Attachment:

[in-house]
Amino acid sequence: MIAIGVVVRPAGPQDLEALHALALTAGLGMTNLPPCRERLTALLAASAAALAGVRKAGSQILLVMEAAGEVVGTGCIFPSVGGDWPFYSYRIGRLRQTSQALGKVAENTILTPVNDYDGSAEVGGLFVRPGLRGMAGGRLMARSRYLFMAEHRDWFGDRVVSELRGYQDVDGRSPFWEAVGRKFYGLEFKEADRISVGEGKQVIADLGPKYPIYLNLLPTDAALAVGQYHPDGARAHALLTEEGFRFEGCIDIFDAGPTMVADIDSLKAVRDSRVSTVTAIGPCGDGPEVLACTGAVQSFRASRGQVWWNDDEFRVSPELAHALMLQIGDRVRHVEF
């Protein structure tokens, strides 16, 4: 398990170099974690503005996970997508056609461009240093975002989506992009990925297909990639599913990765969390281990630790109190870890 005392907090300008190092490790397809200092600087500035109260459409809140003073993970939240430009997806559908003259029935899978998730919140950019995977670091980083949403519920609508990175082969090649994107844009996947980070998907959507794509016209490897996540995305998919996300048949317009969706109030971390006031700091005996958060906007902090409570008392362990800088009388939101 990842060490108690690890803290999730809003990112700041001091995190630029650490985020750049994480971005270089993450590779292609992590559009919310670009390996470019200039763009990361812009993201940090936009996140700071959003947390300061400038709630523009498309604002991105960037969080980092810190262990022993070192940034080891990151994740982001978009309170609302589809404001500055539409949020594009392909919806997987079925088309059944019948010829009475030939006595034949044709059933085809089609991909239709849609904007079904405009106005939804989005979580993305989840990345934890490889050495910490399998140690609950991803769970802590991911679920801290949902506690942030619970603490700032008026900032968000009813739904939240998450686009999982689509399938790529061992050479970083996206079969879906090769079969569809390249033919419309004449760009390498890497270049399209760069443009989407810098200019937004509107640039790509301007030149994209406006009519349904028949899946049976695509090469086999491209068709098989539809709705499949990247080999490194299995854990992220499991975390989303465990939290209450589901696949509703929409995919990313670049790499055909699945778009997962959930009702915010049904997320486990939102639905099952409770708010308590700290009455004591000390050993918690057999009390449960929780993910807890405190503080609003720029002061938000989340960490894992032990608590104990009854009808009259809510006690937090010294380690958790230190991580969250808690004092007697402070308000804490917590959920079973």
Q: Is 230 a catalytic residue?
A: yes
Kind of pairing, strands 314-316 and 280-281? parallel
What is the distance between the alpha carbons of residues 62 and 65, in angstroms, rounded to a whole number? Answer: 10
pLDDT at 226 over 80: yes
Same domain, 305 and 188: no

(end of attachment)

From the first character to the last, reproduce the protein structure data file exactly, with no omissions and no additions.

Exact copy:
[in-house]
Amino acid sequence: MIAIGVVVRPAGPQDLEALHALALTAGLGMTNLPPCRERLTALLAASAAALAGVRKAGSQILLVMEAAGEVVGTGCIFPSVGGDWPFYSYRIGRLRQTSQALGKVAENTILTPVNDYDGSAEVGGLFVRPGLRGMAGGRLMARSRYLFMAEHRDWFGDRVVSELRGYQDVDGRSPFWEAVGRKFYGLEFKEADRISVGEGKQVIADLGPKYPIYLNLLPTDAALAVGQYHPDGARAHALLTEEGFRFEGCIDIFDAGPTMVADIDSLKAVRDSRVSTVTAIGPCGDGPEVLACTGAVQSFRASRGQVWWNDDEFRVSPELAHALMLQIGDRVRHVEF
């Protein structure tokens, strides 16, 4: 398990170099974690503005996970997508056609461009240093975002989506992009990925297909990639599913990765969390281990630790109190870890 005392907090300008190092490790397809200092600087500035109260459409809140003073993970939240430009997806559908003259029935899978998730919140950019995977670091980083949403519920609508990175082969090649994107844009996947980070998907959507794509016209490897996540995305998919996300048949317009969706109030971390006031700091005996958060906007902090409570008392362990800088009388939101 990842060490108690690890803290999730809003990112700041001091995190630029650490985020750049994480971005270089993450590779292609992590559009919310670009390996470019200039763009990361812009993201940090936009996140700071959003947390300061400038709630523009498309604002991105960037969080980092810190262990022993070192940034080891990151994740982001978009309170609302589809404001500055539409949020594009392909919806997987079925088309059944019948010829009475030939006595034949044709059933085809089609991909239709849609904007079904405009106005939804989005979580993305989840990345934890490889050495910490399998140690609950991803769970802590991911679920801290949902506690942030619970603490700032008026900032968000009813739904939240998450686009999982689509399938790529061992050479970083996206079969879906090769079969569809390249033919419309004449760009390498890497270049399209760069443009989407810098200019937004509107640039790509301007030149994209406006009519349904028949899946049976695509090469086999491209068709098989539809709705499949990247080999490194299995854990992220499991975390989303465990939290209450589901696949509703929409995919990313670049790499055909699945778009997962959930009702915010049904997320486990939102639905099952409770708010308590700290009455004591000390050993918690057999009390449960929780993910807890405190503080609003720029002061938000989340960490894992032990608590104990009854009808009259809510006690937090010294380690958790230190991580969250808690004092007697402070308000804490917590959920079973």
Q: Is 230 a catalytic residue?
A: yes
Kind of pairing, strands 314-316 and 280-281? parallel
What is the distance between the alpha carbons of residues 62 and 65, in angstroms, rounded to a whole number? Answer: 10
pLDDT at 226 over 80: yes
Same domain, 305 and 188: no